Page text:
Eating and food issues can have a significant impact on someone’s quality of life (QOL). “This is of particular relevance for the atypical eating disorders, called eating disorder not otherwise specified (EDNOS), thought to represent the majority of clinical presentations,” said Tracey D. Wade of the School of Psychology at Flinders University in South Australia, and lead author of a study examining the relationship between eating issues and QOL in women. “This body of research would suggest that the presence of an eating disorder is associated with impaired QOL, by comparison with healthy controls, the general population, primary care patients with medical disorders such as arthritis and hypertension, and people with other diagnoses of psychiatric illness,” said Wade, referring to the data collected from the Medical Outcome Studies (MOS) Short-Form Scale (SF-36). Wade added that although there is little research on women with EDNOS compared to women with anorexia or bulimia, the small pool of evidence for EDNOS shows that these women have lower QOL than healthy women. “Those girls with EDNOS had significantly higher levels of functional impairment, mental health service use, and emotional distress than those without eating disorders,” said Wade.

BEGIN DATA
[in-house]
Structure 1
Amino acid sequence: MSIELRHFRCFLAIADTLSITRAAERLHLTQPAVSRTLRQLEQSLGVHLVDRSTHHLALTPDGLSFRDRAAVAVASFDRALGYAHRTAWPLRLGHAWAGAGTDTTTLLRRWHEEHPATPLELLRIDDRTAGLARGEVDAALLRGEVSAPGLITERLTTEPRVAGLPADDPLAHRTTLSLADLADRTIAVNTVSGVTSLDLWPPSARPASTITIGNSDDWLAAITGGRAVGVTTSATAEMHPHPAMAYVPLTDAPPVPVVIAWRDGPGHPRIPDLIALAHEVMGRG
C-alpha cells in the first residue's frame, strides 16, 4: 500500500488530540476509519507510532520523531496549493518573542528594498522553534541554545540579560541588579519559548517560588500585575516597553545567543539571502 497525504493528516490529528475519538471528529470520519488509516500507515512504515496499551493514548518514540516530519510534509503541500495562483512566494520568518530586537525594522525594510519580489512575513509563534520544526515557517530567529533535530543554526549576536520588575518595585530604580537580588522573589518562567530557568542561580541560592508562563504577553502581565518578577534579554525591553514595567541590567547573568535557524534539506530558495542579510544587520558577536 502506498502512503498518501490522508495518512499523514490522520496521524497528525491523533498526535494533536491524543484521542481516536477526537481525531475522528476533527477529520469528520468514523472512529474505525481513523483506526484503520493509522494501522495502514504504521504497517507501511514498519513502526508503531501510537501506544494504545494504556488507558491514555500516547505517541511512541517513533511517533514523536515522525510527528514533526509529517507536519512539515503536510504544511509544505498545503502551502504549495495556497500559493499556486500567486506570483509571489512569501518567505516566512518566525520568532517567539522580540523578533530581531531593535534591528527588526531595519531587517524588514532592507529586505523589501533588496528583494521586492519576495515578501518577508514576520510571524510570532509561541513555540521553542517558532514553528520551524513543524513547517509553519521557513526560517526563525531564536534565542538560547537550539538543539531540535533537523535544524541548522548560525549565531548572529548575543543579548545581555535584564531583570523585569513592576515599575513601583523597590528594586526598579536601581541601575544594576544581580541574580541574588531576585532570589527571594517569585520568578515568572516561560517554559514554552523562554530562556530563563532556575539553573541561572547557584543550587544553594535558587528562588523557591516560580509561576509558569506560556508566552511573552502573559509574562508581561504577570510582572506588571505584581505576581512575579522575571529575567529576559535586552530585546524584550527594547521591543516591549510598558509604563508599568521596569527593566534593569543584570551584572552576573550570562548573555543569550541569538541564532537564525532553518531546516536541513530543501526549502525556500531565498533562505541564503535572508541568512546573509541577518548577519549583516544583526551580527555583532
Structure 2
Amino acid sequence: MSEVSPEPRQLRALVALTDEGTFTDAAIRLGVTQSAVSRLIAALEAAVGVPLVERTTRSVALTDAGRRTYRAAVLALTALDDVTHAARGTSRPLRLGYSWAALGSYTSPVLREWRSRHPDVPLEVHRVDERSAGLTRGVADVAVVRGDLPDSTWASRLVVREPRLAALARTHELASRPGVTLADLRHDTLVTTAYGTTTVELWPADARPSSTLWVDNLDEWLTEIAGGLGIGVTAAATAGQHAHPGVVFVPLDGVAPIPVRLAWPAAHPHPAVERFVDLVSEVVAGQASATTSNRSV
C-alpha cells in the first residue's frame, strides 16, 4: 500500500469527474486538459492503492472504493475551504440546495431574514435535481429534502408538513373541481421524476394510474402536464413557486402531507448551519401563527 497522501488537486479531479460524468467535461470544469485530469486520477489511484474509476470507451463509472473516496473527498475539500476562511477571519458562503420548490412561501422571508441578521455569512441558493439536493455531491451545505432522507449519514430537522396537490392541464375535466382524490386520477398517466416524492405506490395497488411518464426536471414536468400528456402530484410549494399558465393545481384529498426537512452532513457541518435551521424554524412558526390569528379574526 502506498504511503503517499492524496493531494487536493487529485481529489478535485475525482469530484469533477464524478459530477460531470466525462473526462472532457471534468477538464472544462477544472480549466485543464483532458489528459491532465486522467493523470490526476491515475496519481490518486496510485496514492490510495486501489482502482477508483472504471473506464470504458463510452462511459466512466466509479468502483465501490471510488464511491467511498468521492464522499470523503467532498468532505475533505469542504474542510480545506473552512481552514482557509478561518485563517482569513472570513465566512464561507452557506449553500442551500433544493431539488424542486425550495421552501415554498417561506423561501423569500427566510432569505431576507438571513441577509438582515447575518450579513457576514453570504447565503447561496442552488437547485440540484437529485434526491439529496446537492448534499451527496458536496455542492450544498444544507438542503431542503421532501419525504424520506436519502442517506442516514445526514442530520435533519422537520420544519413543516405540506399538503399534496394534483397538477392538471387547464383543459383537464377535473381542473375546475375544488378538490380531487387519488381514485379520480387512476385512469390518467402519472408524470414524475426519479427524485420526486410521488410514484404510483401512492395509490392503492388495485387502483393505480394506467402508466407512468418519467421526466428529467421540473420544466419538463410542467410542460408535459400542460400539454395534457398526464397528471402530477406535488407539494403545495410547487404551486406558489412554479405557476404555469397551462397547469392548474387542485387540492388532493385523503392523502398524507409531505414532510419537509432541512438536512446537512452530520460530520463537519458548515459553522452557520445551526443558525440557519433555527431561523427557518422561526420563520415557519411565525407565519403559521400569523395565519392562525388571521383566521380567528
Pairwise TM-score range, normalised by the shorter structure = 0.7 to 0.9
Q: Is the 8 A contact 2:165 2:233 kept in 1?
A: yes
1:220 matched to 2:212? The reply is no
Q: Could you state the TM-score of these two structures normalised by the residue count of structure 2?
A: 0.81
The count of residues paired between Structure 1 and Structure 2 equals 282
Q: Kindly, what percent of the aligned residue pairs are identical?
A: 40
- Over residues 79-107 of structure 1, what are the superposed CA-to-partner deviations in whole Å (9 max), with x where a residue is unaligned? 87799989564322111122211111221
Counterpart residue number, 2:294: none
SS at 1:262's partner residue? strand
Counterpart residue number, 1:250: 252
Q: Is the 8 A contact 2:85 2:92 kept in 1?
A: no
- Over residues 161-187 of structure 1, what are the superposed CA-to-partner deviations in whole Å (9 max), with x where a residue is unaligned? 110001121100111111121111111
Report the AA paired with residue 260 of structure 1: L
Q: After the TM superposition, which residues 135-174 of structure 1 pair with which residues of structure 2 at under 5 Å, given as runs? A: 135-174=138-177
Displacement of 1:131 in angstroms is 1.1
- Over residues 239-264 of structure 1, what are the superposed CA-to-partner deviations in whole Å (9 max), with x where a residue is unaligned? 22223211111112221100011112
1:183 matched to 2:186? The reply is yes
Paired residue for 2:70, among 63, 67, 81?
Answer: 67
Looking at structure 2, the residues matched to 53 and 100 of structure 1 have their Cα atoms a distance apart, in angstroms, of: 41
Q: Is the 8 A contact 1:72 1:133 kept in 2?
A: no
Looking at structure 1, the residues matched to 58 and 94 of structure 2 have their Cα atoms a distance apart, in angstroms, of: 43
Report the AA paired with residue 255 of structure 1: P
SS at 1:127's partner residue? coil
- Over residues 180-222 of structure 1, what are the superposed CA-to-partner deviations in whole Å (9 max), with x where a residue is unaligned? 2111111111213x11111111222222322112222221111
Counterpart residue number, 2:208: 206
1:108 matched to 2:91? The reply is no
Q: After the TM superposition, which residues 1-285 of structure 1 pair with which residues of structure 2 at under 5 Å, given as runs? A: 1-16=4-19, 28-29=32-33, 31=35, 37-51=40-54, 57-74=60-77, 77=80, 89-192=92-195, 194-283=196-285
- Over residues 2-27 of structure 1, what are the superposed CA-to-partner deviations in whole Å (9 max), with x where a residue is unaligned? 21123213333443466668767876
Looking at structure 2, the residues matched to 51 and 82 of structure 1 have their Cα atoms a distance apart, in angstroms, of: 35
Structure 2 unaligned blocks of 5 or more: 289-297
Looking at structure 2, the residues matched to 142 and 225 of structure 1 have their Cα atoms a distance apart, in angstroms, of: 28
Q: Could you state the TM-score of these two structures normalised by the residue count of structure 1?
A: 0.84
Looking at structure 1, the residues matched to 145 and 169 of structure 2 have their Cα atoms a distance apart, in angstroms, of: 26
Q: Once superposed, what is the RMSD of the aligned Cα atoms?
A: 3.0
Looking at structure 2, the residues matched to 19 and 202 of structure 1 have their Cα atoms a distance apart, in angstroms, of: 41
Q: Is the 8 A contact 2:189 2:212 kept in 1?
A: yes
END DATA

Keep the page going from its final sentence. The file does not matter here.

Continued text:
Few studies have looked at the long-term impact of eating issues on QOL, so Wade and her colleagues gathered data from a 9-year study of Australian women to fill the evidentiary void. The team examined five different surveys during that time period and evaluated them for depression, eating problems, social support and overall QOL. They found that the 23% of women surveyed who had an eating problem and low social support at baseline exhibited lower QOL and mental problems at the end of the study. Conversely, the women with the highest levels of social support at the beginning had fewer food problems and better QOL at the conclusion. Wade added, “Given the number of women affected, the seriousness of the consequences of disordered eating for QOL over a long period of time, and the suggestion that health professionals are poor at identifying eating problems, with just 4% of general practitioners use recommended guidelines in screening patients for disordered eating, the findings of this study suggest that public health interventions aimed at reducing the risk of disordered eating in young women are required.”
Wade, T. D., Wilksch, S. M., & Lee, C. (2011, November 7). A Longitudinal Investigation of the Impact of Disordered Eating on Young Women’s Quality of Life. Health Psychology. Advance online publication. doi: 10.1037/a0025956
© Copyright 2011 by By John Smith, therapist in Bellingham, Washington. All Rights Reserved. Permission to publish granted to GoodTherapy.org.
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